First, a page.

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Ultrasound-detected synovitis with power Doppler signal is associated with severe radiographic damage and reduced cartilage thickness in hand osteoarthritis

By L. Mancarella, M. Magnani, O. Addimanda, E. Pignotti, S. Galletti and R. Meliconi


SummaryObjectivesTo examine ultrasound (US) features of synovitis in hand osteoarthritis (OA) joints, and to evaluate their relationship with radiological damage severity and US-detected cartilage thickness.MethodsUS examination was carried out on 14 joints of both hands of 25 patients with symptomatic hand OA (HOA) and 10 age- and sex-matched control subjects. US-detected features were: synovial hypertrophy, effusion, power Doppler signal (PDS), cartilage thickness. Conventional hand radiographs were scored utilizing the Kellgren–Lawrence and Kallman systems. HOA patients were divided into two subsets: non-erosive and erosive.ResultsAmong the three groups of subjects studied, erosive OA showed the highest values of radiological scores and the highest prevalence of US-detected synovitis. Joints positive for US synovitis features (above all PDS) had higher radiological scores and lower cartilage thickness, while joints with X-ray detected central erosions [the hallmark of erosive HOA were more likely to present PDS positivity. US measured cartilage thickness inversely correlated with radiological damage scores.ConclusionsUS-detected synovitis is present in about 10% of HOA finger joints and is associated with more severe radiological damage and reduced cartilage thickness. PDS and cartilage thickness (mm) may represent two innovative additional information tools provided by ultrasonography in HOA evaluation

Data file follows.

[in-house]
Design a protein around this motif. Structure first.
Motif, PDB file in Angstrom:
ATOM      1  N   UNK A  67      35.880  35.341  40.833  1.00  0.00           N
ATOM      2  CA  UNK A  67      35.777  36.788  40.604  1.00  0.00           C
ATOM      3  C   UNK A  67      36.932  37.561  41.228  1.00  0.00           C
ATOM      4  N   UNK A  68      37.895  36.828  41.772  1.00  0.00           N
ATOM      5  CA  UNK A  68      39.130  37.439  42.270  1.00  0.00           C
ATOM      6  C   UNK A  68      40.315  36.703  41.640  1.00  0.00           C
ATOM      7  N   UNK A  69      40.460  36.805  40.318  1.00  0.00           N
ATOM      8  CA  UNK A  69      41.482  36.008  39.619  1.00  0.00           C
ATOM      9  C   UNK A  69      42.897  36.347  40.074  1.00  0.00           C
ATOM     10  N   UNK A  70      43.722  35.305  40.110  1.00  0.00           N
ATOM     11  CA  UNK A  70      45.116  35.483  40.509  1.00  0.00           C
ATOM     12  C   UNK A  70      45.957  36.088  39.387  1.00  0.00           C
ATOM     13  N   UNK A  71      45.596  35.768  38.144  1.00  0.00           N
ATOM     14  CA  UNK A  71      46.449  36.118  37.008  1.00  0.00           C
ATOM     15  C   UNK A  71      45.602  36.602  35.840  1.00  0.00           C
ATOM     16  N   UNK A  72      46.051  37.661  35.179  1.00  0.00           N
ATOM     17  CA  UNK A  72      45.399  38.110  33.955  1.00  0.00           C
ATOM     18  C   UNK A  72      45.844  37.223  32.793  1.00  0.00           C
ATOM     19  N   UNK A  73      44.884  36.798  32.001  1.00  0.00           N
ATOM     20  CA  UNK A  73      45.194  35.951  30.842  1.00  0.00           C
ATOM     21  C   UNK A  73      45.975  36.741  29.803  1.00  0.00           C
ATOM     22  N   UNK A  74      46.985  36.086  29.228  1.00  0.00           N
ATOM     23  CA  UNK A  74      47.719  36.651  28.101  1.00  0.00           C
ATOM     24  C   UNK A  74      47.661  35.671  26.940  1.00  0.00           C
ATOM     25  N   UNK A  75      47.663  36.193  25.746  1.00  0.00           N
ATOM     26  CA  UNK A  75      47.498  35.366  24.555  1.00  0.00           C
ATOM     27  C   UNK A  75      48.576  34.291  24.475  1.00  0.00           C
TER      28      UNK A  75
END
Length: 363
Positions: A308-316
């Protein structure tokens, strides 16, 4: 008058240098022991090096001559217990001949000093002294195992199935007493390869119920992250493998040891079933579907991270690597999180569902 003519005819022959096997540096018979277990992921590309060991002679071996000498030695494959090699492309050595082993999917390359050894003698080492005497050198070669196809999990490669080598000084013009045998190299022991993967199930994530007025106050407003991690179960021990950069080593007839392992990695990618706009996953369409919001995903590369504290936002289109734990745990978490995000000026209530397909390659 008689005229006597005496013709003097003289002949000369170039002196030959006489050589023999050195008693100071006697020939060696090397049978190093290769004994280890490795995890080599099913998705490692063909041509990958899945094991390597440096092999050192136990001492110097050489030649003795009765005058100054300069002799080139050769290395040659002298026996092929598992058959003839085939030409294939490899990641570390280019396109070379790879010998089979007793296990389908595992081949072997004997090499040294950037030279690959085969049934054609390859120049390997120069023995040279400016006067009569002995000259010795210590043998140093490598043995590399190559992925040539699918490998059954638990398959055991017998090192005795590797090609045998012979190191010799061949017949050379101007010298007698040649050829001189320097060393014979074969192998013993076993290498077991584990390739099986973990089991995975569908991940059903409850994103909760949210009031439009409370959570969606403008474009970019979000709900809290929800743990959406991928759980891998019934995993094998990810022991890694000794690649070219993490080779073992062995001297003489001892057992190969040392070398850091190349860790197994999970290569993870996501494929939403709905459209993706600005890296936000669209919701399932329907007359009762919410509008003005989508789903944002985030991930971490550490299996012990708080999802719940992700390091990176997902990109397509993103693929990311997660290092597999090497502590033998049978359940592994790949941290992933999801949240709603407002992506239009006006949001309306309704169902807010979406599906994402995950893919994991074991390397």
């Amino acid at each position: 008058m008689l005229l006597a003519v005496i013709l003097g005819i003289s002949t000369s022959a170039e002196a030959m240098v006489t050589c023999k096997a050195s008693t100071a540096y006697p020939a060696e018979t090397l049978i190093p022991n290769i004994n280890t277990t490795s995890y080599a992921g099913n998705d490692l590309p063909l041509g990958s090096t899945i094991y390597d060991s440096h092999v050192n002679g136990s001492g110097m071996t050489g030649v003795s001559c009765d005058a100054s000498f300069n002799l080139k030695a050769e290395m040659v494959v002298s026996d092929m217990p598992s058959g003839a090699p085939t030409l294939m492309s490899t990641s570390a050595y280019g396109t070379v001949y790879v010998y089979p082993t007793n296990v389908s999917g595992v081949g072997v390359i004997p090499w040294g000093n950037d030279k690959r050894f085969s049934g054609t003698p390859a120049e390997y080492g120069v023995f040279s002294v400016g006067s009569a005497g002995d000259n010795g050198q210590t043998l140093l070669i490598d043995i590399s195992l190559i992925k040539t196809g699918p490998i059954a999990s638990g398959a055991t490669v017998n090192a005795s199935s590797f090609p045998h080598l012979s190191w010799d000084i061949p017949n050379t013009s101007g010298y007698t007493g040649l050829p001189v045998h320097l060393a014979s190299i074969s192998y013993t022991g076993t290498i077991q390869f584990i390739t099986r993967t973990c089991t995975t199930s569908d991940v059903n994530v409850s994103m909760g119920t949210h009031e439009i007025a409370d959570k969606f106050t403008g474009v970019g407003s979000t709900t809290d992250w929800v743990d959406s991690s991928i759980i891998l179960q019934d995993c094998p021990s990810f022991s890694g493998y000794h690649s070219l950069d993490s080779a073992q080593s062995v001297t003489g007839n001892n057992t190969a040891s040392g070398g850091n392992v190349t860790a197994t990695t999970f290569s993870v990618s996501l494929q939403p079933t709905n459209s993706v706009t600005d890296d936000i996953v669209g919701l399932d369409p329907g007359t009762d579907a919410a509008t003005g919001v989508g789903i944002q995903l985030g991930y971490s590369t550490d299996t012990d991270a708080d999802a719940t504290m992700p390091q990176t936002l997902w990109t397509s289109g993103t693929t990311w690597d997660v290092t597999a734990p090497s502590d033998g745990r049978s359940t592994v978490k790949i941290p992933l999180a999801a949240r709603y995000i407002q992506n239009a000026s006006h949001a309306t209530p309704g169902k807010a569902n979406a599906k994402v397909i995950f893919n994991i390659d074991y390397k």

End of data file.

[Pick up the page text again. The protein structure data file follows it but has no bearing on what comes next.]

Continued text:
Publisher: Osteoarthritis Research Society International. Published by Elsevier Ltd.
Year: 2010
DOI identifier: 10.1016/j.joca.2010.06.006
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